Count me as the founder of a new group ready to promote the candidacy of one man in the unprecedented papal conclave this March: Joseph Ratzinger.
Call it the Committee to Re-Elect Joseph Ratzinger.
I've looked over the other candidates, and for the same reason the Church's elders so swiftly elected Cardinal Ratzinger in April of 2005, I'd like to see him elected again.
The Church needs a kind but firm hand at the top, a truly independent thinker and man of action who "surprises all sides" of political and Church debates.
The sort of man who had the courage to suspend a leading priest known in the Vatican corridors of power as a child-abusing con man: "Father Maciel" of Legionaries of Christ fame.
The sort of man who had the guts to re-establish in Church law the right of all priests to use a ritual rooted in more than a millennium of practice, and to declare that priests "do not need to ask permission" of their bishop to celebrate such Latin Masses.
The sort of man who sits down to a meal with his butler on slow days.
The sort of man who against pressure from the media and from inside the Church itself made repeated attempts--knowing they might fail and that he might look bad--to reconcile with a group of traditionalist Catholics who refused to give up the old ways and even occupied a church in Paris to make their point.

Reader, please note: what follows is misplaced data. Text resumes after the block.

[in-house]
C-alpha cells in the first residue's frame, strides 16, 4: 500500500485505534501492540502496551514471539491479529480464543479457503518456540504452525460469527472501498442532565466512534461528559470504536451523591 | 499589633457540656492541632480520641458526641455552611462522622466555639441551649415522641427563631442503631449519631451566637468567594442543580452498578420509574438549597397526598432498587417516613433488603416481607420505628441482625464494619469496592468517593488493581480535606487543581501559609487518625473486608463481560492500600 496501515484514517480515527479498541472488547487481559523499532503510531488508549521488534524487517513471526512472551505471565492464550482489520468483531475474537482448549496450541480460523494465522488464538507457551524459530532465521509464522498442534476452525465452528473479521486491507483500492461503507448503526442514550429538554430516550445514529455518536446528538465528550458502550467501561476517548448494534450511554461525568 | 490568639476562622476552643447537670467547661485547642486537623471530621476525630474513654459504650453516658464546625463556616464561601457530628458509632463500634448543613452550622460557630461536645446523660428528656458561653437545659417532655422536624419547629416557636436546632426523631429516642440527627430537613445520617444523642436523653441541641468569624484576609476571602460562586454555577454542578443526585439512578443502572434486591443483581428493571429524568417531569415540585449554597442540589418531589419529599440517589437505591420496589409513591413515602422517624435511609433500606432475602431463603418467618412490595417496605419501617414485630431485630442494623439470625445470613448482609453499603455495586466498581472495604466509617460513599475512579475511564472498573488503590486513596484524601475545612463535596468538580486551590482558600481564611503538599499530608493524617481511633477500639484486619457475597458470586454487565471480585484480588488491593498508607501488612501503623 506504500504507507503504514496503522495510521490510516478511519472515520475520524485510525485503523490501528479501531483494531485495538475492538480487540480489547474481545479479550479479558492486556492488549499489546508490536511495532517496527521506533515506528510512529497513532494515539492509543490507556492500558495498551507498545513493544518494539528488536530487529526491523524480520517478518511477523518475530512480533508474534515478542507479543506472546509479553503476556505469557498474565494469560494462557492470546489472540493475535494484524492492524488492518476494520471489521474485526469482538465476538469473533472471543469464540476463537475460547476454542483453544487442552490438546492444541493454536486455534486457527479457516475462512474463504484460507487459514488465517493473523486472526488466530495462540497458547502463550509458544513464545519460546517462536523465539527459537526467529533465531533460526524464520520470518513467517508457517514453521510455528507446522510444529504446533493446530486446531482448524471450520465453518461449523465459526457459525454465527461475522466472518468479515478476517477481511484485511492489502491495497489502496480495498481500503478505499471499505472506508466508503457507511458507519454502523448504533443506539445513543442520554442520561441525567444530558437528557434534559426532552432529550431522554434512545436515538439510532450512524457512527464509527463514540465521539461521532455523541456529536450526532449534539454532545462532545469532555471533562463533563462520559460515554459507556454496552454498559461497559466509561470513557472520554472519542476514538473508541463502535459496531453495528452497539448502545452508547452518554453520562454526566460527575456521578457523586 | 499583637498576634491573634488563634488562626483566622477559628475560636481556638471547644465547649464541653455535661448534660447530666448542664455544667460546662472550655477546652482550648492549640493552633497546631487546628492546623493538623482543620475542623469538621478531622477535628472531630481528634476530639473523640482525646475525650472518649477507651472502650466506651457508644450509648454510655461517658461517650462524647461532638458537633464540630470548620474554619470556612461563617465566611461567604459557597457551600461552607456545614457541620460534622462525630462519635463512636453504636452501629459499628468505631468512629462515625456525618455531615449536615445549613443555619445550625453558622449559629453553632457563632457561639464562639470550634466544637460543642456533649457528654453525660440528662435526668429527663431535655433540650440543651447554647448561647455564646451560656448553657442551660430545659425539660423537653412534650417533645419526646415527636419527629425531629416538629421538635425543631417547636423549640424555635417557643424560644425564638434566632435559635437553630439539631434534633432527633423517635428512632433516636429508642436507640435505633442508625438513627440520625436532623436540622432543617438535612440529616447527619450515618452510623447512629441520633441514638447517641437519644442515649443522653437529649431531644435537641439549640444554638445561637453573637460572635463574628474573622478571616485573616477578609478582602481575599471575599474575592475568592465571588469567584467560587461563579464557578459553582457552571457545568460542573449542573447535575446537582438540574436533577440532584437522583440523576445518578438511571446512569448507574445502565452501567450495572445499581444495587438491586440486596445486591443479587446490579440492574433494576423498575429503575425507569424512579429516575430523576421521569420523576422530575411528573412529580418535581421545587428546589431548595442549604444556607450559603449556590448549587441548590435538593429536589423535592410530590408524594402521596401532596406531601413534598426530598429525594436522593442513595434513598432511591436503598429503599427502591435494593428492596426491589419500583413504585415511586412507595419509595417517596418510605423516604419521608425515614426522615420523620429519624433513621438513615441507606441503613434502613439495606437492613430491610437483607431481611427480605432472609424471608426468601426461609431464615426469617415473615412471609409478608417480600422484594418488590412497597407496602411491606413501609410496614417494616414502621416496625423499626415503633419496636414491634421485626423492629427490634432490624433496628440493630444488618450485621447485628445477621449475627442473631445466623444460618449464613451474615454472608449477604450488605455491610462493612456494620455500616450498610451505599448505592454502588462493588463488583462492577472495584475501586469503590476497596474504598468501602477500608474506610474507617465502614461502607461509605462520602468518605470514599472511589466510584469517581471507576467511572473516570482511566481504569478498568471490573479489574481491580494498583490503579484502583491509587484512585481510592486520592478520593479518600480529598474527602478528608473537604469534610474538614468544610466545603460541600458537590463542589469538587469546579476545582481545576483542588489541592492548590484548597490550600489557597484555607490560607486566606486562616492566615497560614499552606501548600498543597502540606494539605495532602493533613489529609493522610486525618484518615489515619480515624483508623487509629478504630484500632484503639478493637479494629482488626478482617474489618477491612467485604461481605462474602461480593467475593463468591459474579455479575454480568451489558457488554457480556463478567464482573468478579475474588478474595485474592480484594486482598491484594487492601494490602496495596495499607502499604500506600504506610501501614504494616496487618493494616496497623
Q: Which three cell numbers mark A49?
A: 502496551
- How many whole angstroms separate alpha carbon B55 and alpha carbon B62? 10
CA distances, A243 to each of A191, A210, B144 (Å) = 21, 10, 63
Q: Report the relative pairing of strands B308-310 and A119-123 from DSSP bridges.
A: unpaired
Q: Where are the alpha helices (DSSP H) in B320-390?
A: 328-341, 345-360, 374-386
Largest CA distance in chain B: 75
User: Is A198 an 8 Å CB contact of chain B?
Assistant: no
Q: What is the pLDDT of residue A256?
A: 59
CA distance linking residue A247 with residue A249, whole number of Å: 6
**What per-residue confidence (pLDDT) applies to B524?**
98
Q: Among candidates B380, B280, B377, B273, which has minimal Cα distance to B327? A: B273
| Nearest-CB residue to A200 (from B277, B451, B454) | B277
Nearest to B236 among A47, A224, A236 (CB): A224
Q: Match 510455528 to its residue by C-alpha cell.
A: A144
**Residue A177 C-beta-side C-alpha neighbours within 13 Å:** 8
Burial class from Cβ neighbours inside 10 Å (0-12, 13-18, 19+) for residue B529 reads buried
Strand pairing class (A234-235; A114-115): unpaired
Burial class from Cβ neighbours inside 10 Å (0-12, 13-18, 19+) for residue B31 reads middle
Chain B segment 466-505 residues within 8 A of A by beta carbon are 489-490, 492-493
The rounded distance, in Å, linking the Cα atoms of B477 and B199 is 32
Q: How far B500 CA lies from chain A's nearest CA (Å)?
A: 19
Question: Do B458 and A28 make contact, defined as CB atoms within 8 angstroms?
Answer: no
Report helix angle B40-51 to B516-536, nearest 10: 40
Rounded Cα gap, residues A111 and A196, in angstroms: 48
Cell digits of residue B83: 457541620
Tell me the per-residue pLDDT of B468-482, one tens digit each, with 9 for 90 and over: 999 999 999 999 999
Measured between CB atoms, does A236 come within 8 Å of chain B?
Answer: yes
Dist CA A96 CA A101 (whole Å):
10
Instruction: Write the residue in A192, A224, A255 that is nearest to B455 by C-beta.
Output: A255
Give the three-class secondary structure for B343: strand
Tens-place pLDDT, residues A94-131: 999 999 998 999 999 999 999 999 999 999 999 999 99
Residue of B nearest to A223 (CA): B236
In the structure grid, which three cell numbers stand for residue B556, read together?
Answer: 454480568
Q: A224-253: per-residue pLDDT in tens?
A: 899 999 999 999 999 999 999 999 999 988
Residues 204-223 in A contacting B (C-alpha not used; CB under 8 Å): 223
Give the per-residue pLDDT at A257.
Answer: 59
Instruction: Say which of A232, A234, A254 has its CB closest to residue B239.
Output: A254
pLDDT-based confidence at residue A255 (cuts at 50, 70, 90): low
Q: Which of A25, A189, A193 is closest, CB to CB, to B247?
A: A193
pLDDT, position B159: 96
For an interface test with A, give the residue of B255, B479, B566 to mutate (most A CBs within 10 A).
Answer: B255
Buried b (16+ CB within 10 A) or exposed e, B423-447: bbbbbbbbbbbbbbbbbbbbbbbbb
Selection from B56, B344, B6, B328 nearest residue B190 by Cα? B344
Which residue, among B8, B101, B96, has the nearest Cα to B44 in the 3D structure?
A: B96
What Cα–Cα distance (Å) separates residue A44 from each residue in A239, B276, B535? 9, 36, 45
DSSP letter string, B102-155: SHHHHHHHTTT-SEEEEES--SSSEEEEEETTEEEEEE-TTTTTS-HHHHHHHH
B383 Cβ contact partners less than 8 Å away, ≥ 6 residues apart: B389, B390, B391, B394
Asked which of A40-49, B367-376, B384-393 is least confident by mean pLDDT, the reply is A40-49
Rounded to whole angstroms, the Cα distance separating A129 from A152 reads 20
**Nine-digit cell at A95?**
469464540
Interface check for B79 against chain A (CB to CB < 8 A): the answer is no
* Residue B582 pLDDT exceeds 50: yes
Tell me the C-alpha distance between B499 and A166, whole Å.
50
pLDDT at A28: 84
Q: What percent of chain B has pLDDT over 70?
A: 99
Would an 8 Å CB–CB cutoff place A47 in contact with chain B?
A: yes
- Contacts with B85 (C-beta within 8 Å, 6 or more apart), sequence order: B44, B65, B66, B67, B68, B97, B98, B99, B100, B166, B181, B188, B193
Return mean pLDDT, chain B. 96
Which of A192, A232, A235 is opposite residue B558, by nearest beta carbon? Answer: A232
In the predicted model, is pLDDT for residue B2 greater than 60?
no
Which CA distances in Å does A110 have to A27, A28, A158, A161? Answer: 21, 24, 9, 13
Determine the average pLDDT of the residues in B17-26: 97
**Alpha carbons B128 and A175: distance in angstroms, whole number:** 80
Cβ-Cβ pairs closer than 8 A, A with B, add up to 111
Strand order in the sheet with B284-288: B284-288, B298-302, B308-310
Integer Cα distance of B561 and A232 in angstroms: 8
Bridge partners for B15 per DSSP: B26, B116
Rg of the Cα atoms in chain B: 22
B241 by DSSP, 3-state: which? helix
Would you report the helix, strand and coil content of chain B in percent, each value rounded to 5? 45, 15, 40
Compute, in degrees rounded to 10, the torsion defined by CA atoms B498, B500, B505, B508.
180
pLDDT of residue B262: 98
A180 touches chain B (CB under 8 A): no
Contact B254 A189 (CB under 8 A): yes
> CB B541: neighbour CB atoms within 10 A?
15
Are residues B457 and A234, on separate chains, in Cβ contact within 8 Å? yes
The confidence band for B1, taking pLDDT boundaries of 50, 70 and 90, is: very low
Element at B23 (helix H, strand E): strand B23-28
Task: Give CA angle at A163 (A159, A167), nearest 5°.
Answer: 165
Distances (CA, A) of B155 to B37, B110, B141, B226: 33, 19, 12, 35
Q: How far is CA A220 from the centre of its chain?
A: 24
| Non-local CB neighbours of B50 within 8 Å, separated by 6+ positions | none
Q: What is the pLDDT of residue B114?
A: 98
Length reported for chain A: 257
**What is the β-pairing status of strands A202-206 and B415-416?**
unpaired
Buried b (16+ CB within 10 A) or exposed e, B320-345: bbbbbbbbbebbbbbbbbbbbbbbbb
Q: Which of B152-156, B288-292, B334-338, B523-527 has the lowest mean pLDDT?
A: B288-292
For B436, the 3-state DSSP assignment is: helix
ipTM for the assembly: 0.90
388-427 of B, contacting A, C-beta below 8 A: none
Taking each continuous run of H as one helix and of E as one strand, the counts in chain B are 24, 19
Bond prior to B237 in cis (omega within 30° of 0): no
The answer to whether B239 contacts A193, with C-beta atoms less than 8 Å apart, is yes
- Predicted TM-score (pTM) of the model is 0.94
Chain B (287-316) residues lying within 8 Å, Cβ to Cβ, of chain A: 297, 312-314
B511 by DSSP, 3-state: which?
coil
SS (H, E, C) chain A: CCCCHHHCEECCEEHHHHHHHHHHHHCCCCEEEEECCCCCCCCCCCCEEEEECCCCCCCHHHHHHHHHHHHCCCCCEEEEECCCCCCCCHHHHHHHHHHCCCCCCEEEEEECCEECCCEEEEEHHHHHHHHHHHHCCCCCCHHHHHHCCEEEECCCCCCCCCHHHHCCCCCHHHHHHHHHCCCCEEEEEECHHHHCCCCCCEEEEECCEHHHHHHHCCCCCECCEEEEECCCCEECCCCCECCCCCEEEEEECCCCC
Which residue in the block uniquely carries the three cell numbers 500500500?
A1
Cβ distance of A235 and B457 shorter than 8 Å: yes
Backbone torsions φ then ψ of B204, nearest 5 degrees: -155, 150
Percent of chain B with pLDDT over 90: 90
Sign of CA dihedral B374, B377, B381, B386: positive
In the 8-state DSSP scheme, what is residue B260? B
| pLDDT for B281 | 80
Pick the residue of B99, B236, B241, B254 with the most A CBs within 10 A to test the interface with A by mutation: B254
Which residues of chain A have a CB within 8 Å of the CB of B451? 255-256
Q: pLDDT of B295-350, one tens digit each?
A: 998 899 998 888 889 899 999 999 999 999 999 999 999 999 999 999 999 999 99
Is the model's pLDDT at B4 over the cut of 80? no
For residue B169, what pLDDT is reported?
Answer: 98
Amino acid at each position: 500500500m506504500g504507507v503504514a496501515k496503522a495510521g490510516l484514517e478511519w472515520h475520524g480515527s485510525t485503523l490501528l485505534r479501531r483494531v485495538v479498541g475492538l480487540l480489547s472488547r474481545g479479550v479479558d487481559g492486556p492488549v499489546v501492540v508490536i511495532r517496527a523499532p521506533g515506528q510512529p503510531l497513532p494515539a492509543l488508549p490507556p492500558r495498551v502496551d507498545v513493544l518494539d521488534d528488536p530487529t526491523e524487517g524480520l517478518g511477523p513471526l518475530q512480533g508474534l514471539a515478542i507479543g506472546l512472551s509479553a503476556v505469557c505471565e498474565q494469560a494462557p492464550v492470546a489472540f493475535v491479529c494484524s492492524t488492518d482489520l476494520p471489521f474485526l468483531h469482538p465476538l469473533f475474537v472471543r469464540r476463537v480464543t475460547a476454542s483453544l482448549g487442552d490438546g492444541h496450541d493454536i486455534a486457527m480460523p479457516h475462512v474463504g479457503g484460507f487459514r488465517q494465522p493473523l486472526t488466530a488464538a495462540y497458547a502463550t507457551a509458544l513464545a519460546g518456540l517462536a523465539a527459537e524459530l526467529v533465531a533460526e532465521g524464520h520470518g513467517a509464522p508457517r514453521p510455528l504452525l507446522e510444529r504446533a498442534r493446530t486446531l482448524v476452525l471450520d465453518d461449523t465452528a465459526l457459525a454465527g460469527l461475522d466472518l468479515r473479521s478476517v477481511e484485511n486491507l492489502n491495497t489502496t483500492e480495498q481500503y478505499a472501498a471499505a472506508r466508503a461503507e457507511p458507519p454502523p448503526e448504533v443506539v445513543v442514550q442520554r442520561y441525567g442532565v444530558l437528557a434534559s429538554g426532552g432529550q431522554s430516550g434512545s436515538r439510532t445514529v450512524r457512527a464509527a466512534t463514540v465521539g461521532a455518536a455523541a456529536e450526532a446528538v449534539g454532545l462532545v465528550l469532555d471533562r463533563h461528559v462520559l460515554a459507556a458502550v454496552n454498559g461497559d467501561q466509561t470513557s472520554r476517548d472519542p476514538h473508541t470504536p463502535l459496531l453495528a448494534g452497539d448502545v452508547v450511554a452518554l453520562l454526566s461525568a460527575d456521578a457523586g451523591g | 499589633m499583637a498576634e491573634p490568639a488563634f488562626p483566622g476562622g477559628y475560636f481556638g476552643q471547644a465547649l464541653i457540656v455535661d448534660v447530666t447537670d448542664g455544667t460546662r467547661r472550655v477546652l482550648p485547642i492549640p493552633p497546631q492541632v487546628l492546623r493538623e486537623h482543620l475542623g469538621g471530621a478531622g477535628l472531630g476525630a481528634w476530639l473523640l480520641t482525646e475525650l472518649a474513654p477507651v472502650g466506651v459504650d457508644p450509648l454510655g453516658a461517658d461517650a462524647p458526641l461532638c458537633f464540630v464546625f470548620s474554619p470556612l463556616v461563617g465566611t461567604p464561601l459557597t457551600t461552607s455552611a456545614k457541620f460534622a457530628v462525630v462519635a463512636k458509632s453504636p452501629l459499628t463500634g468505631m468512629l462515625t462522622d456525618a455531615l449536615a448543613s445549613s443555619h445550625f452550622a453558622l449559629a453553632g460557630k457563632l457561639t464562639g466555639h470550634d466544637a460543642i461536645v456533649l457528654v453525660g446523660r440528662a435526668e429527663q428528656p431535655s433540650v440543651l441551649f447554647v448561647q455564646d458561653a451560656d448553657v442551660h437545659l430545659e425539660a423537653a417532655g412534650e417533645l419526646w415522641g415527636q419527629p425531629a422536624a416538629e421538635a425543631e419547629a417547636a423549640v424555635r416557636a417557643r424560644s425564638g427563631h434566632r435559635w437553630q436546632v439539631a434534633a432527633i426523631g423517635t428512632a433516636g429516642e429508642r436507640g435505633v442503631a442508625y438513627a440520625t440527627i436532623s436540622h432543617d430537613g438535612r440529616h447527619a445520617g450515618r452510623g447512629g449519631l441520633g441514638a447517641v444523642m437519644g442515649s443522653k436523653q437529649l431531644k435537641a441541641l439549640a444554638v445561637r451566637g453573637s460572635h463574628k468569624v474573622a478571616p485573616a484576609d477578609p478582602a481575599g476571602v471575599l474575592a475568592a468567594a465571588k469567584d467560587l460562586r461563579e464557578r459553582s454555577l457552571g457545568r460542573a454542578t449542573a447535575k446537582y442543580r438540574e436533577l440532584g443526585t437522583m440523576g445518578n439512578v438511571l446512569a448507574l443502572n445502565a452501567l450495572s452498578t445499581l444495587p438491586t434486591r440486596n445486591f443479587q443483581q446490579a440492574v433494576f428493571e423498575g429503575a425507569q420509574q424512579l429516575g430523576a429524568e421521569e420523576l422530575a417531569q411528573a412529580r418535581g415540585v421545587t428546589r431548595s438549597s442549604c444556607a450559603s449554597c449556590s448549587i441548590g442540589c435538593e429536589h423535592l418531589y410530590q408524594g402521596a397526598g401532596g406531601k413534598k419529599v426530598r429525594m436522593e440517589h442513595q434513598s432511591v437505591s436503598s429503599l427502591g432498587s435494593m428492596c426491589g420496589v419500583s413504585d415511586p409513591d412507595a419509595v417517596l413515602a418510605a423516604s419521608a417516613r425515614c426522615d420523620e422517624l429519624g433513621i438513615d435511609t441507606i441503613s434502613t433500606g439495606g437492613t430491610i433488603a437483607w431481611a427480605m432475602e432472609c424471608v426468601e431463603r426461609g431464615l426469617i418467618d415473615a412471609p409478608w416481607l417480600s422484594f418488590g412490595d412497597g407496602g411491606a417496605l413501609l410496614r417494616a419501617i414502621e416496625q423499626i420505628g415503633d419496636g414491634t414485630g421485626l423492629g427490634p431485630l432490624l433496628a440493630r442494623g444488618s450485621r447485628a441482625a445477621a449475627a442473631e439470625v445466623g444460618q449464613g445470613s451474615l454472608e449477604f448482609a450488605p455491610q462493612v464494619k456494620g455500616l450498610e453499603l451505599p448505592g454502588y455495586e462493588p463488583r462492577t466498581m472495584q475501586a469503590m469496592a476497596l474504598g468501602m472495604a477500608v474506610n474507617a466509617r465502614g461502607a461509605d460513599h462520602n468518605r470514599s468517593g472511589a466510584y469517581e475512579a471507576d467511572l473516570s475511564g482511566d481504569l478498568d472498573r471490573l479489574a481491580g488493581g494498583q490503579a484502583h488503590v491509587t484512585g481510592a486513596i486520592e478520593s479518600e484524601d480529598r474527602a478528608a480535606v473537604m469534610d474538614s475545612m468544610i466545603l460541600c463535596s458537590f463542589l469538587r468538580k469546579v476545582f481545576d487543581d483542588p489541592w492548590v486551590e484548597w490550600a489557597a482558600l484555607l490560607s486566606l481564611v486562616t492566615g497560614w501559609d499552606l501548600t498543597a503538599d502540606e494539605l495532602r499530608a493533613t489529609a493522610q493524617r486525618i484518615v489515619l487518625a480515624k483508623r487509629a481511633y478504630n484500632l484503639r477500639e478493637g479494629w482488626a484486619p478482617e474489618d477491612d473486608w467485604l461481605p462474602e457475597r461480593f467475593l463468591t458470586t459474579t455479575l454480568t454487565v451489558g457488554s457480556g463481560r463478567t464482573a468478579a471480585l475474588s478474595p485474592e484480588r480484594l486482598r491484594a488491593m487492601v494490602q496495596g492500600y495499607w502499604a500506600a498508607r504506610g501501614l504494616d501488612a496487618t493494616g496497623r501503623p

The sort of man who forged ahead with a stalled, but potentially big, rapproachment with conservative Anglicans at sea after decades resisting trends in their church to secularization and accomodation of gay rights.
The sort of bold flexible mind who brought the Catholic Church to within inches of historic diplomatic breakthroughs...challenged Muslims to find a way to express their religion without violence...and even--perish the thought--appointed a Vatican secretary of state who did not speak English.
P.S. Personal to Pope Ratzinger: your mistakes included watching too much TV News...undertaking to prove that the Church was up to speed Web-wise...those energy-sapping foreign trips...and, definitely, sharing meals with your butler.
Nevertheless, Your Holiness, we forgive you. Come back. We should have said it more these nearly-eight years: we need you.
Roger A. McCaffrey
Roman Catholic Books